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Top 10 ways 3D Printing will change construction

As interest in 3D printing in the construction sector intensifies, here are 10 ways the industry will need to adapt to this emerging technology

|Dec 7|magazine4 min read

The reality of 3D printing in the construction industry took a major step forward in 2020, with several projects being announced and completed that illustrate the potential of the technology in terms of real-world applications.

In Germany, Peri is working on the first 3D-printed apartment building in Germany, while also proving that the technology is suitable to build large-scale dwellings that are cheaper and quicker to build when compared to traditional construction methods (click here).  

Meanwhile, in Dubai, the world’s largest 3D-printed building was verified by the Guinness Book of Records (pictured), with the structure comprising 640sqm of space and standing 9.5 metres tall. The company behind the project, Apis Cor, says its aim is to prove that the technology can be used to build affordable housing in a way that was not possible with traditional construction. 

These projects, and several more like them around the world, are harbingers of the change that is coming to the global construction industry. The concrete 3D printing market is projected to be valued at $56.4 million by 2021, with growth spurred by the amount of new, innovative projects being planned.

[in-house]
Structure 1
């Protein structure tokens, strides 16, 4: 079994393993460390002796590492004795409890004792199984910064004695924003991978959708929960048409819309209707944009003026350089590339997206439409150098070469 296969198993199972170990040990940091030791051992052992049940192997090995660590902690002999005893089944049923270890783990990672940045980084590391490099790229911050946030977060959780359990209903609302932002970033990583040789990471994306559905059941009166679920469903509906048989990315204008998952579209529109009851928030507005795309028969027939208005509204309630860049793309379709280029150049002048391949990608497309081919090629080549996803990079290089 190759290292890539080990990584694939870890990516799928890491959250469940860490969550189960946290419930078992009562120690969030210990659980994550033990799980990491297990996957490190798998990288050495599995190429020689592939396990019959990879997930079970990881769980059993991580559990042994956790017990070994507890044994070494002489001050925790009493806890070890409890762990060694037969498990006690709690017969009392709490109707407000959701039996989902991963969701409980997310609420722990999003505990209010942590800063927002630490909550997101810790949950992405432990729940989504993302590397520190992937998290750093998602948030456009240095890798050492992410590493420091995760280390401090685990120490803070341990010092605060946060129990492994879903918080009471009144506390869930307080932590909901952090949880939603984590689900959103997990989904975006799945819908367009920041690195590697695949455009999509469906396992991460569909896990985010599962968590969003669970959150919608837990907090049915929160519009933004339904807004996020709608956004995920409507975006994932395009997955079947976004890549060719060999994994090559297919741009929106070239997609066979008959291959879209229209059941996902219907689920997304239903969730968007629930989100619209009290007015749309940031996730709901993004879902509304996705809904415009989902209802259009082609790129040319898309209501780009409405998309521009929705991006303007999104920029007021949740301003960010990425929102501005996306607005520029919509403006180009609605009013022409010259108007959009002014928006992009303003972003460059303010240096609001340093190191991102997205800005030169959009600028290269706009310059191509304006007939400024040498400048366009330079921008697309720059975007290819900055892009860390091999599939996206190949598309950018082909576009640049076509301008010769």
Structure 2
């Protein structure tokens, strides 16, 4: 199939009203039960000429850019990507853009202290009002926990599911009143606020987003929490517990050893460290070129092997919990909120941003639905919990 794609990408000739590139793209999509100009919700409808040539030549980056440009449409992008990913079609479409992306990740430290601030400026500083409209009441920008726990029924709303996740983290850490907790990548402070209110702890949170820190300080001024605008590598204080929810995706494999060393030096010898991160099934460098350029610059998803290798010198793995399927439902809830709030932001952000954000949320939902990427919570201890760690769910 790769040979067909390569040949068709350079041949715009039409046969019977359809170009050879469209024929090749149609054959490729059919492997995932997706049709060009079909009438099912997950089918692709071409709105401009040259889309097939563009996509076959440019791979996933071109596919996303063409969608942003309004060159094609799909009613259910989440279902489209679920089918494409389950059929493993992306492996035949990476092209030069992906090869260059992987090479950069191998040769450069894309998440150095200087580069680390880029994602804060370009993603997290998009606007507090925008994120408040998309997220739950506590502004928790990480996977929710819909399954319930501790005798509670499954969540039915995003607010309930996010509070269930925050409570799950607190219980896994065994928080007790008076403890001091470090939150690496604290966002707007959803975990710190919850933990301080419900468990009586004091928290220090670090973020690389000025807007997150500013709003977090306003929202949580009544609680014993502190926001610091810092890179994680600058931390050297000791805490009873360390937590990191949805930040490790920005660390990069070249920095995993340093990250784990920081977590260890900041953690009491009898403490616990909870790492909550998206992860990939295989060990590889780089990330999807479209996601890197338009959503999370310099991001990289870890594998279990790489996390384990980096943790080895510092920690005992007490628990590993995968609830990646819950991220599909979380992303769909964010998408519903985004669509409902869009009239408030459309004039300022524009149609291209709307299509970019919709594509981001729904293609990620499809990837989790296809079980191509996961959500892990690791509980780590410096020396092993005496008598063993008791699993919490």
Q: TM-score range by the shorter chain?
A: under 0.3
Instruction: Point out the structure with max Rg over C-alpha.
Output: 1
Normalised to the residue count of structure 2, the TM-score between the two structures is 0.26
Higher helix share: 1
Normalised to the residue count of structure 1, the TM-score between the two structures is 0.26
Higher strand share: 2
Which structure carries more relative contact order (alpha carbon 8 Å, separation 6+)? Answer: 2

As the Peri project shows, these changes aren’t just coming from grassroot companies, but also from major multinational players. In 2017, France’s Vinci, one of the world’s largest construction firms, bough a stake in XtreeE, a French start up company that specialises in 3D printing concrete structural elements.

More recently, BAM opened their first concrete printing centre in Europe in the Netherlands, where the factory will be tasked to deliver several 3D-printed bridges throughout the region.

Therefore, with 3D printing gathering pace, here are 10 ways in which the technology will benefit the construction industry: